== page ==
ESPN has become the poster child for political correctness. They are now being sued for it by tennis analyst Doug Adler, who himself is a former tennis pro. He was fired from ESPN for “making a racist comment.” Except that he didn’t.
Adler was commenting on a match between Venus Williams and Switzerland’s Stefanie Voegele when he said that Williams was using “Guerrilla Effect.” That term is at least 22 years old now and was used in a Nike commercial starring Andre Agassi and Pete Sampras, two white men.
Adler is now labeled a racist and is demanding that ESPN pay him for wages he will lose over the rest of his life for being falsely accused of being a racist. Adler has used the term “guerrilla effect” for years, describing an aggressive style of play.
1995 Nike Commercial about 2 white guys:
ESPN has been costing parent company, Disney, a fortune from cancellation of their subscriptions for being too politically correct. Firing conservatives for little reason but allowing blatant liberal and racist comments from the left with no punishment.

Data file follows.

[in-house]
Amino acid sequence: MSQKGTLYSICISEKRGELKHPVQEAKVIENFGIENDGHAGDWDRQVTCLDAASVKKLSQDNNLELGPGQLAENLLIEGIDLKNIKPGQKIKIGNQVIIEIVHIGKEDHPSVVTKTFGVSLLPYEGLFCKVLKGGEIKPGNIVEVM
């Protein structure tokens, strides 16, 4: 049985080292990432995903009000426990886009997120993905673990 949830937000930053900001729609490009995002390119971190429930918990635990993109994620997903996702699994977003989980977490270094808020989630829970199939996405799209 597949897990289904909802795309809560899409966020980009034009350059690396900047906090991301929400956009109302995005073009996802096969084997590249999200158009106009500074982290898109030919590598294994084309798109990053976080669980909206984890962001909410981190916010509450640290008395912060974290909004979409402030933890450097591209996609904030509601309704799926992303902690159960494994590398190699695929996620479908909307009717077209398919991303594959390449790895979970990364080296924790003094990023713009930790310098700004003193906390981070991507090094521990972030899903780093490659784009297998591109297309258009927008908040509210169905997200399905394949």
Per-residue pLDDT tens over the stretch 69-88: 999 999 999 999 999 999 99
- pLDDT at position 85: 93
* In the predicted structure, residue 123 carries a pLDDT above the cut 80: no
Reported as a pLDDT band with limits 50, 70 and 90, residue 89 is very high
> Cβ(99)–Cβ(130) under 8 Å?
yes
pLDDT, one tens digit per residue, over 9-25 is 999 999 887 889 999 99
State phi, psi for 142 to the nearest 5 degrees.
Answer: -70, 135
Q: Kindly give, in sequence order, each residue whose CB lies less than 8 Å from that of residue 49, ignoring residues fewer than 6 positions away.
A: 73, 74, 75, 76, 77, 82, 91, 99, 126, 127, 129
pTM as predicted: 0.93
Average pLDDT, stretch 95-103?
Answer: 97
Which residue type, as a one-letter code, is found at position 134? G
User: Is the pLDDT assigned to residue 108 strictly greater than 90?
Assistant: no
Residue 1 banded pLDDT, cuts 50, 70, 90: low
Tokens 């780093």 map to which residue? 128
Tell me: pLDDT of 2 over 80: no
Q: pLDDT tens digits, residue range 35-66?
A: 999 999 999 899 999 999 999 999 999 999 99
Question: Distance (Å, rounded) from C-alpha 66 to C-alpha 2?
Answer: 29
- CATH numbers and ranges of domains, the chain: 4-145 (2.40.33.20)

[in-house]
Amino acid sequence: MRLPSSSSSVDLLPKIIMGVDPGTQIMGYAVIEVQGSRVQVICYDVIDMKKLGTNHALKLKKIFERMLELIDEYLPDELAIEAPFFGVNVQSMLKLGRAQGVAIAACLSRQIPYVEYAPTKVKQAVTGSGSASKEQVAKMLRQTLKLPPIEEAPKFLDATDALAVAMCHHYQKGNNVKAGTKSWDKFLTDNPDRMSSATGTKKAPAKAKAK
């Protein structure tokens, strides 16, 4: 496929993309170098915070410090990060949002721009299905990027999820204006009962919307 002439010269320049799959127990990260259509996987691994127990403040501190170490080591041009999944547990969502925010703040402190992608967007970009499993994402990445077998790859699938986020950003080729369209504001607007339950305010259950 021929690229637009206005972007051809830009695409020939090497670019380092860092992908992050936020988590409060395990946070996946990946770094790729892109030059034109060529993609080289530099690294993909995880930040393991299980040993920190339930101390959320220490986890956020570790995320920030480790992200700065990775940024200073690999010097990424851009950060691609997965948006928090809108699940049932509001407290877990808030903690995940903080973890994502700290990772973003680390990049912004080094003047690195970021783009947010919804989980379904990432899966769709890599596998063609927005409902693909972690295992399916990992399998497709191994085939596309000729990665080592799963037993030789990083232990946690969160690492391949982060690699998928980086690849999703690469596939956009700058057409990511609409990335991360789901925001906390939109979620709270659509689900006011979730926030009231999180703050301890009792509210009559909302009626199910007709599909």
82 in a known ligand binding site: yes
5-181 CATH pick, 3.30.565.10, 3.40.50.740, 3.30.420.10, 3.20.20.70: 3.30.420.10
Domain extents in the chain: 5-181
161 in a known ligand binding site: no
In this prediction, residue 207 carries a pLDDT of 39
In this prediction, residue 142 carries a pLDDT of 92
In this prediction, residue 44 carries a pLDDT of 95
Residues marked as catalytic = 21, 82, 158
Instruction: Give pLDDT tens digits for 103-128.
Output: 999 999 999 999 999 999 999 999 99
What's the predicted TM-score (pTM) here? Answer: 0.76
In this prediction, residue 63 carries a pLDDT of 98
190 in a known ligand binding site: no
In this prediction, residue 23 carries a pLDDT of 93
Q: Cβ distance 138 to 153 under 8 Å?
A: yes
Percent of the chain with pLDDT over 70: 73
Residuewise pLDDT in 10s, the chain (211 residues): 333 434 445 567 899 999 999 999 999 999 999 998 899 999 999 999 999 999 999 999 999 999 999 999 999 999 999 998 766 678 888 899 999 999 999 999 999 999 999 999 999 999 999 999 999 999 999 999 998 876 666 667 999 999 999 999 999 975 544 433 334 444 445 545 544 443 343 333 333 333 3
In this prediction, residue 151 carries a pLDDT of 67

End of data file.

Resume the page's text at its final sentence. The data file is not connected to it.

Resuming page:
According to Fox News, the accusation was perpetuated after the New York Times tweeted that it was “appalling.”
While the comparison to a gorilla is a historical attack on African Americans, Adler claimed he used the word “guerrilla,” not “gorilla.” He told TMZ:
“When I commentate on tennis, I’m only commentating on tactics and strategy. I really could care less who’s playing — man, woman, child — doesn’t matter. So, I’m always talking tactics required to win and those tactics are: ”moving in for the kill,“ ”taking no prisoners,“ ”guerrilla effect.“ You don’t want to say the same thing over and over, so you use descriptive adjectives to describe what a player needs to do to win.”
The term “guerrilla” has been used in tennis at least as far back as 1995, when it was used in a Nike campaign that featured Pete Sampras and Andre Agassi, two white, male players.